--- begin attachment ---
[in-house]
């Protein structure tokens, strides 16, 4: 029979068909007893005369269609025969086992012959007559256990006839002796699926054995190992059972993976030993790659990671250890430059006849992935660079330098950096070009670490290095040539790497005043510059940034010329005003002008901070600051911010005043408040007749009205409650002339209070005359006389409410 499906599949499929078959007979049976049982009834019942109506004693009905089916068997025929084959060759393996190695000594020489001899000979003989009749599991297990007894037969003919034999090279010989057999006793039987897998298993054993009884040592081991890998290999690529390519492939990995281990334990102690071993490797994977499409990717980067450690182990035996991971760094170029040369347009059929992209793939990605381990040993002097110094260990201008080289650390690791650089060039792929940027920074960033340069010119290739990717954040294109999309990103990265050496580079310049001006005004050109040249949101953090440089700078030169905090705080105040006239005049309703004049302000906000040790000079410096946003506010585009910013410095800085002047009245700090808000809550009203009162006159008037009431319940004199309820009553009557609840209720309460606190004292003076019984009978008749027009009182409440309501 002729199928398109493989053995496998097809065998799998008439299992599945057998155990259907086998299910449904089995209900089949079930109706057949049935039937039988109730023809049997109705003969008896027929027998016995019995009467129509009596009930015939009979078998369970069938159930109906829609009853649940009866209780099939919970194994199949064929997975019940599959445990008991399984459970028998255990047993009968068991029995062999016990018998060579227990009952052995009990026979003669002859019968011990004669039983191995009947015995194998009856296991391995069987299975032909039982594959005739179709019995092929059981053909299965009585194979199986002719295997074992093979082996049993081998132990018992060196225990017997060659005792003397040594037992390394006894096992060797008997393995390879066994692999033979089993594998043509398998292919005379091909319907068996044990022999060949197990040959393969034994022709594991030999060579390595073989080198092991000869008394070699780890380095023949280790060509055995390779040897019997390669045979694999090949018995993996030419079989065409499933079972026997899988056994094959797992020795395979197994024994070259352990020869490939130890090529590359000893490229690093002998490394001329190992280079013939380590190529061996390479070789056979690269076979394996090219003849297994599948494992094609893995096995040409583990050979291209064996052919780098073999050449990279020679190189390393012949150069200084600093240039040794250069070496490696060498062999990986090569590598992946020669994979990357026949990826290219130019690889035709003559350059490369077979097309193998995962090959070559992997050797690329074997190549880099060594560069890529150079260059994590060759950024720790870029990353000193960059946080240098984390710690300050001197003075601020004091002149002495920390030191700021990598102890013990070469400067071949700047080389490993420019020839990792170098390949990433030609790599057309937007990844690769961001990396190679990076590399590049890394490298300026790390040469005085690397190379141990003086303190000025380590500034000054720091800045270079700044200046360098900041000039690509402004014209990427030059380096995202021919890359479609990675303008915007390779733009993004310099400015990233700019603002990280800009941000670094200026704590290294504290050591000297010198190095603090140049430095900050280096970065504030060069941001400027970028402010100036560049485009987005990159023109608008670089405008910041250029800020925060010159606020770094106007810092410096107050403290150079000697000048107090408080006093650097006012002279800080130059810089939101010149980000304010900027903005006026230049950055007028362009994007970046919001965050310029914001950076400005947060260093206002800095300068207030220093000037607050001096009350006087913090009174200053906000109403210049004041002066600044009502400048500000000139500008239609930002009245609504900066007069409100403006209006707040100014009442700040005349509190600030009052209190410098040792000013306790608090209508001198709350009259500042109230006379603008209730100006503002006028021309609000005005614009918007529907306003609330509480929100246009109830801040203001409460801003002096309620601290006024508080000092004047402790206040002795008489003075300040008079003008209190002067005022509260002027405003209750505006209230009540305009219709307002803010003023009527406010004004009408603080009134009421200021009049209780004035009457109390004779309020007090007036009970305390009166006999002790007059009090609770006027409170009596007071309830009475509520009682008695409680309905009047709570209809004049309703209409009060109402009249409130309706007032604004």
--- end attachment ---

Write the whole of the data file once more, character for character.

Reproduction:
[in-house]
């Protein structure tokens, strides 16, 4: 029979068909007893005369269609025969086992012959007559256990006839002796699926054995190992059972993976030993790659990671250890430059006849992935660079330098950096070009670490290095040539790497005043510059940034010329005003002008901070600051911010005043408040007749009205409650002339209070005359006389409410 499906599949499929078959007979049976049982009834019942109506004693009905089916068997025929084959060759393996190695000594020489001899000979003989009749599991297990007894037969003919034999090279010989057999006793039987897998298993054993009884040592081991890998290999690529390519492939990995281990334990102690071993490797994977499409990717980067450690182990035996991971760094170029040369347009059929992209793939990605381990040993002097110094260990201008080289650390690791650089060039792929940027920074960033340069010119290739990717954040294109999309990103990265050496580079310049001006005004050109040249949101953090440089700078030169905090705080105040006239005049309703004049302000906000040790000079410096946003506010585009910013410095800085002047009245700090808000809550009203009162006159008037009431319940004199309820009553009557609840209720309460606190004292003076019984009978008749027009009182409440309501 002729199928398109493989053995496998097809065998799998008439299992599945057998155990259907086998299910449904089995209900089949079930109706057949049935039937039988109730023809049997109705003969008896027929027998016995019995009467129509009596009930015939009979078998369970069938159930109906829609009853649940009866209780099939919970194994199949064929997975019940599959445990008991399984459970028998255990047993009968068991029995062999016990018998060579227990009952052995009990026979003669002859019968011990004669039983191995009947015995194998009856296991391995069987299975032909039982594959005739179709019995092929059981053909299965009585194979199986002719295997074992093979082996049993081998132990018992060196225990017997060659005792003397040594037992390394006894096992060797008997393995390879066994692999033979089993594998043509398998292919005379091909319907068996044990022999060949197990040959393969034994022709594991030999060579390595073989080198092991000869008394070699780890380095023949280790060509055995390779040897019997390669045979694999090949018995993996030419079989065409499933079972026997899988056994094959797992020795395979197994024994070259352990020869490939130890090529590359000893490229690093002998490394001329190992280079013939380590190529061996390479070789056979690269076979394996090219003849297994599948494992094609893995096995040409583990050979291209064996052919780098073999050449990279020679190189390393012949150069200084600093240039040794250069070496490696060498062999990986090569590598992946020669994979990357026949990826290219130019690889035709003559350059490369077979097309193998995962090959070559992997050797690329074997190549880099060594560069890529150079260059994590060759950024720790870029990353000193960059946080240098984390710690300050001197003075601020004091002149002495920390030191700021990598102890013990070469400067071949700047080389490993420019020839990792170098390949990433030609790599057309937007990844690769961001990396190679990076590399590049890394490298300026790390040469005085690397190379141990003086303190000025380590500034000054720091800045270079700044200046360098900041000039690509402004014209990427030059380096995202021919890359479609990675303008915007390779733009993004310099400015990233700019603002990280800009941000670094200026704590290294504290050591000297010198190095603090140049430095900050280096970065504030060069941001400027970028402010100036560049485009987005990159023109608008670089405008910041250029800020925060010159606020770094106007810092410096107050403290150079000697000048107090408080006093650097006012002279800080130059810089939101010149980000304010900027903005006026230049950055007028362009994007970046919001965050310029914001950076400005947060260093206002800095300068207030220093000037607050001096009350006087913090009174200053906000109403210049004041002066600044009502400048500000000139500008239609930002009245609504900066007069409100403006209006707040100014009442700040005349509190600030009052209190410098040792000013306790608090209508001198709350009259500042109230006379603008209730100006503002006028021309609000005005614009918007529907306003609330509480929100246009109830801040203001409460801003002096309620601290006024508080000092004047402790206040002795008489003075300040008079003008209190002067005022509260002027405003209750505006209230009540305009219709307002803010003023009527406010004004009408603080009134009421200021009049209780004035009457109390004779309020007090007036009970305390009166006999002790007059009090609770006027409170009596007071309830009475509520009682008695409680309905009047709570209809004049309703209409009060109402009249409130309706007032604004």